restrictions on providing personally identifiable records to federal 
government authorities.
    Further, the legitimate law enforcement purpose for this rule is to 
use transactional information of people who deposit funds into inmate 
accounts in order to detect unlawful activity. Continuous and routine 
deposits into an inmate's account, sometimes from fraudulent sources, 
have been linked to unlawful conducting of a business by an inmate or 
other inmate-involved unlawful activity, such as drug trafficking, 
money laundering, fraudulent income tax returns, gambling, attempted 
criminal assault, and other such unlawful activities. This rule is 
intended to provide notice to those members of the public who deposit 
funds into inmate accounts that their transactional information will be 
retained for the purpose of detecting unlawful activity.

Executive Order 12866

    The Director certifies that this rule is a ``significant regulatory 
action'' under section 3(f) of Executive Order 12866 and therefore was 
reviewed by the Office of Management and Budget for review.

Executive Order 13132

    This regulation will not have substantial direct effects on the 
States, on the relationship between the national government and the 
States, or on distribution of power and responsibilities among the 
various levels of government. Under Executive Order 13132, this rule 
does not have sufficient federalism implications for which we would 
prepare a Federalism Assessment.

Regulatory Flexibility Act

    The Director of the Bureau of Prisons, under the Regulatory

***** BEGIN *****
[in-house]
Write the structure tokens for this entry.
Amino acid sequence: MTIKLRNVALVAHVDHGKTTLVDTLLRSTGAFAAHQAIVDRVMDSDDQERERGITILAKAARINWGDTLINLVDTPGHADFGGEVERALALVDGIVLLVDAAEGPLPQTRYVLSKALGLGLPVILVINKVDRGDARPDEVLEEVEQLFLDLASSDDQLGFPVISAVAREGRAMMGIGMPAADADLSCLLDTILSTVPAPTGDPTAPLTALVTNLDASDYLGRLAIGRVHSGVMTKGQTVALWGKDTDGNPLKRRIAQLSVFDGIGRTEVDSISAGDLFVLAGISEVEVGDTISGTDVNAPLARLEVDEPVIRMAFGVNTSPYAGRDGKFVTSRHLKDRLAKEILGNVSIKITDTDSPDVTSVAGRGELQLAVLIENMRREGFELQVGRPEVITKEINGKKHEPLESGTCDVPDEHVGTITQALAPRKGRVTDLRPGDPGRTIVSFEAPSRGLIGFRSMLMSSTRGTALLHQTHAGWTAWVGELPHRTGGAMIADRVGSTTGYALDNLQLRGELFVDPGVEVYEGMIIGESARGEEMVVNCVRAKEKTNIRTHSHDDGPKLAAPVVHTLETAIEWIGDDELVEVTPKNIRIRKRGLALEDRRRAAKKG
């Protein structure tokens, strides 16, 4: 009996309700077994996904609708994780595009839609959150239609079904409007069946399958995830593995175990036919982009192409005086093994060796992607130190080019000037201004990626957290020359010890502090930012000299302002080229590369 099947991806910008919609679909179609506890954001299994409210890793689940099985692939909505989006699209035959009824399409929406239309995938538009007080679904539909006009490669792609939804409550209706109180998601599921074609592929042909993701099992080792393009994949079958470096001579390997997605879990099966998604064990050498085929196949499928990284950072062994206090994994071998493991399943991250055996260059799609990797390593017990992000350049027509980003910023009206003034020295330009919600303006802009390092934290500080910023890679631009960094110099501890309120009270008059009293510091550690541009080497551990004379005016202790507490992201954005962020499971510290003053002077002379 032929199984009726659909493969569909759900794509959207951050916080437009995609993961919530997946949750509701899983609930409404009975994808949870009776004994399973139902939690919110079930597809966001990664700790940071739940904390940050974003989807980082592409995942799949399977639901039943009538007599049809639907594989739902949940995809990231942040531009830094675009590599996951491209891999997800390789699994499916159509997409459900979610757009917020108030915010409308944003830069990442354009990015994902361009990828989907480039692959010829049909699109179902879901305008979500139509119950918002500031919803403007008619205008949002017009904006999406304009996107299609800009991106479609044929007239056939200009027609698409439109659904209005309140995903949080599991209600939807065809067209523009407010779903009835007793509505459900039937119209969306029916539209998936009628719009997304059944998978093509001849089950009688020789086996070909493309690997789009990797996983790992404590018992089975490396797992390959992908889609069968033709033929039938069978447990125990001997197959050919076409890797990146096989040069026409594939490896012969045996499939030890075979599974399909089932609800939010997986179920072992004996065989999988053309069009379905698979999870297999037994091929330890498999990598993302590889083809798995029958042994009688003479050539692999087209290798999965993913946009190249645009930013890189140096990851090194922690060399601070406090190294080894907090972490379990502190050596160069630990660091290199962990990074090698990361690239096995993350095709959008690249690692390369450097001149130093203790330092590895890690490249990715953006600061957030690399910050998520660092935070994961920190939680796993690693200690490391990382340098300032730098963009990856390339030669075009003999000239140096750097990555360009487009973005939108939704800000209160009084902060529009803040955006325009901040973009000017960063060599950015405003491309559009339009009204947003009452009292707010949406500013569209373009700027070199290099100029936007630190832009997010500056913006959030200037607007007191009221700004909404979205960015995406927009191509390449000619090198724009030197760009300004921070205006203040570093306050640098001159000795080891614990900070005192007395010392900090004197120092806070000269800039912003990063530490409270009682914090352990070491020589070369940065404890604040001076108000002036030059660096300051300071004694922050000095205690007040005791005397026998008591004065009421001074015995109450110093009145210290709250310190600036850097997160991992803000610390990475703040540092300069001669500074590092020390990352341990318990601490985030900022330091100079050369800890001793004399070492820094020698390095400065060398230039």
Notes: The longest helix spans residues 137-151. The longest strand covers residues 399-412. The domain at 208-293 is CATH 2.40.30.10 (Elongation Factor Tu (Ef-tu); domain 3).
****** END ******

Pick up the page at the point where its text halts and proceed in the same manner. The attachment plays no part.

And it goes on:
Flexibility Act (5 U.S.C. 605(b)), reviewed this regulation. By 
approving it, the Director certifies that it will not have a 
significant economic impact upon a substantial number of small entities 
because: This rule is about the correctional management of offenders 
committed to the custody of the Attorney General and the Director of 
the Bureau of Prisons, and its economic impact is limited to the 
Bureau's appropriated funds.

Unfunded Mandates Reform Act of 1995

    This rule will not cause State, local and tribal governments, or 
the private sector, to spend $100,000,000 or more in any one year, and 
it will not significantly or uniquely affect small governments. We do 
not need to take action under the Unfunded Mandates Reform Act of 1995.

Small Business Regulatory Enforcement Fairness Act of 1996

    This rule is not a major rule as defined by section 804 of the 
Small Business Regulatory Enforcement Fairness Act of 1996. This rule 
will not result in an annual effect on the economy of $100,000,000 or 
more; a major increase in costs or prices; or significant adverse